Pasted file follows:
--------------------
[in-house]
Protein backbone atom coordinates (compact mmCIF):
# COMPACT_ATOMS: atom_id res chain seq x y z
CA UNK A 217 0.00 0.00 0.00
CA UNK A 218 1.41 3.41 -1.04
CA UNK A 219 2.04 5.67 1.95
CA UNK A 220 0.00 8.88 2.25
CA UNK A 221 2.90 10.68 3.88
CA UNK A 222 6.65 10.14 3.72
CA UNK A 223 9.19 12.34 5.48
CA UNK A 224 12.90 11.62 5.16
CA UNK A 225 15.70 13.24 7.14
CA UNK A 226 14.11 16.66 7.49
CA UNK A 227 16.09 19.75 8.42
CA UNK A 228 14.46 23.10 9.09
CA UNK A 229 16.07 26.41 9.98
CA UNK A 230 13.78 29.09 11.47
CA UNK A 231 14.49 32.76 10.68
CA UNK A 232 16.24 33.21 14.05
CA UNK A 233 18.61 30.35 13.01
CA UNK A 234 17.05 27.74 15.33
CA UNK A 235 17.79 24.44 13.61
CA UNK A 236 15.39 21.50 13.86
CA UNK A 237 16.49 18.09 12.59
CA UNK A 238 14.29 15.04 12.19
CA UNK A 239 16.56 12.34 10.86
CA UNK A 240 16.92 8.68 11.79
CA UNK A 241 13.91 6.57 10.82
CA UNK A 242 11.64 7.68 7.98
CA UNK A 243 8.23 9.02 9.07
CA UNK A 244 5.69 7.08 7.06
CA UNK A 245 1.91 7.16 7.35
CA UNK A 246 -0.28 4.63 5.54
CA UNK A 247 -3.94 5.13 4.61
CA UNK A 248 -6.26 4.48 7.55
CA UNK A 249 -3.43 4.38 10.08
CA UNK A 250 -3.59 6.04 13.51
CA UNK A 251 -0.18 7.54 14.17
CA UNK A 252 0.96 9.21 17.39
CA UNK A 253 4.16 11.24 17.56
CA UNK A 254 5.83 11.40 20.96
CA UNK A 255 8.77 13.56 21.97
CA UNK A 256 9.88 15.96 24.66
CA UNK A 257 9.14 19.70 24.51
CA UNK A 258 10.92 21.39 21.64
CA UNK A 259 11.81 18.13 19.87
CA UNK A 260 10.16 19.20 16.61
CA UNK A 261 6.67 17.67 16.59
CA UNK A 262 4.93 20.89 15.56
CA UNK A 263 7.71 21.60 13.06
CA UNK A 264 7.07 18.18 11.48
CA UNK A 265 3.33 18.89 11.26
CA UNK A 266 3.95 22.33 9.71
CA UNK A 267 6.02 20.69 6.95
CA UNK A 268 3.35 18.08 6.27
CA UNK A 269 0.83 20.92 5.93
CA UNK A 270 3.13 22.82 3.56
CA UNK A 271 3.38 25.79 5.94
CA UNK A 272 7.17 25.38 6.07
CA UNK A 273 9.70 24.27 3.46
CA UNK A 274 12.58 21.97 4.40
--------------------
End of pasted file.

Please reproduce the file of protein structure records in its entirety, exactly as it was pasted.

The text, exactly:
[in-house]
Protein backbone atom coordinates (compact mmCIF):
# COMPACT_ATOMS: atom_id res chain seq x y z
CA UNK A 217 0.00 0.00 0.00
CA UNK A 218 1.41 3.41 -1.04
CA UNK A 219 2.04 5.67 1.95
CA UNK A 220 0.00 8.88 2.25
CA UNK A 221 2.90 10.68 3.88
CA UNK A 222 6.65 10.14 3.72
CA UNK A 223 9.19 12.34 5.48
CA UNK A 224 12.90 11.62 5.16
CA UNK A 225 15.70 13.24 7.14
CA UNK A 226 14.11 16.66 7.49
CA UNK A 227 16.09 19.75 8.42
CA UNK A 228 14.46 23.10 9.09
CA UNK A 229 16.07 26.41 9.98
CA UNK A 230 13.78 29.09 11.47
CA UNK A 231 14.49 32.76 10.68
CA UNK A 232 16.24 33.21 14.05
CA UNK A 233 18.61 30.35 13.01
CA UNK A 234 17.05 27.74 15.33
CA UNK A 235 17.79 24.44 13.61
CA UNK A 236 15.39 21.50 13.86
CA UNK A 237 16.49 18.09 12.59
CA UNK A 238 14.29 15.04 12.19
CA UNK A 239 16.56 12.34 10.86
CA UNK A 240 16.92 8.68 11.79
CA UNK A 241 13.91 6.57 10.82
CA UNK A 242 11.64 7.68 7.98
CA UNK A 243 8.23 9.02 9.07
CA UNK A 244 5.69 7.08 7.06
CA UNK A 245 1.91 7.16 7.35
CA UNK A 246 -0.28 4.63 5.54
CA UNK A 247 -3.94 5.13 4.61
CA UNK A 248 -6.26 4.48 7.55
CA UNK A 249 -3.43 4.38 10.08
CA UNK A 250 -3.59 6.04 13.51
CA UNK A 251 -0.18 7.54 14.17
CA UNK A 252 0.96 9.21 17.39
CA UNK A 253 4.16 11.24 17.56
CA UNK A 254 5.83 11.40 20.96
CA UNK A 255 8.77 13.56 21.97
CA UNK A 256 9.88 15.96 24.66
CA UNK A 257 9.14 19.70 24.51
CA UNK A 258 10.92 21.39 21.64
CA UNK A 259 11.81 18.13 19.87
CA UNK A 260 10.16 19.20 16.61
CA UNK A 261 6.67 17.67 16.59
CA UNK A 262 4.93 20.89 15.56
CA UNK A 263 7.71 21.60 13.06
CA UNK A 264 7.07 18.18 11.48
CA UNK A 265 3.33 18.89 11.26
CA UNK A 266 3.95 22.33 9.71
CA UNK A 267 6.02 20.69 6.95
CA UNK A 268 3.35 18.08 6.27
CA UNK A 269 0.83 20.92 5.93
CA UNK A 270 3.13 22.82 3.56
CA UNK A 271 3.38 25.79 5.94
CA UNK A 272 7.17 25.38 6.07
CA UNK A 273 9.70 24.27 3.46
CA UNK A 274 12.58 21.97 4.40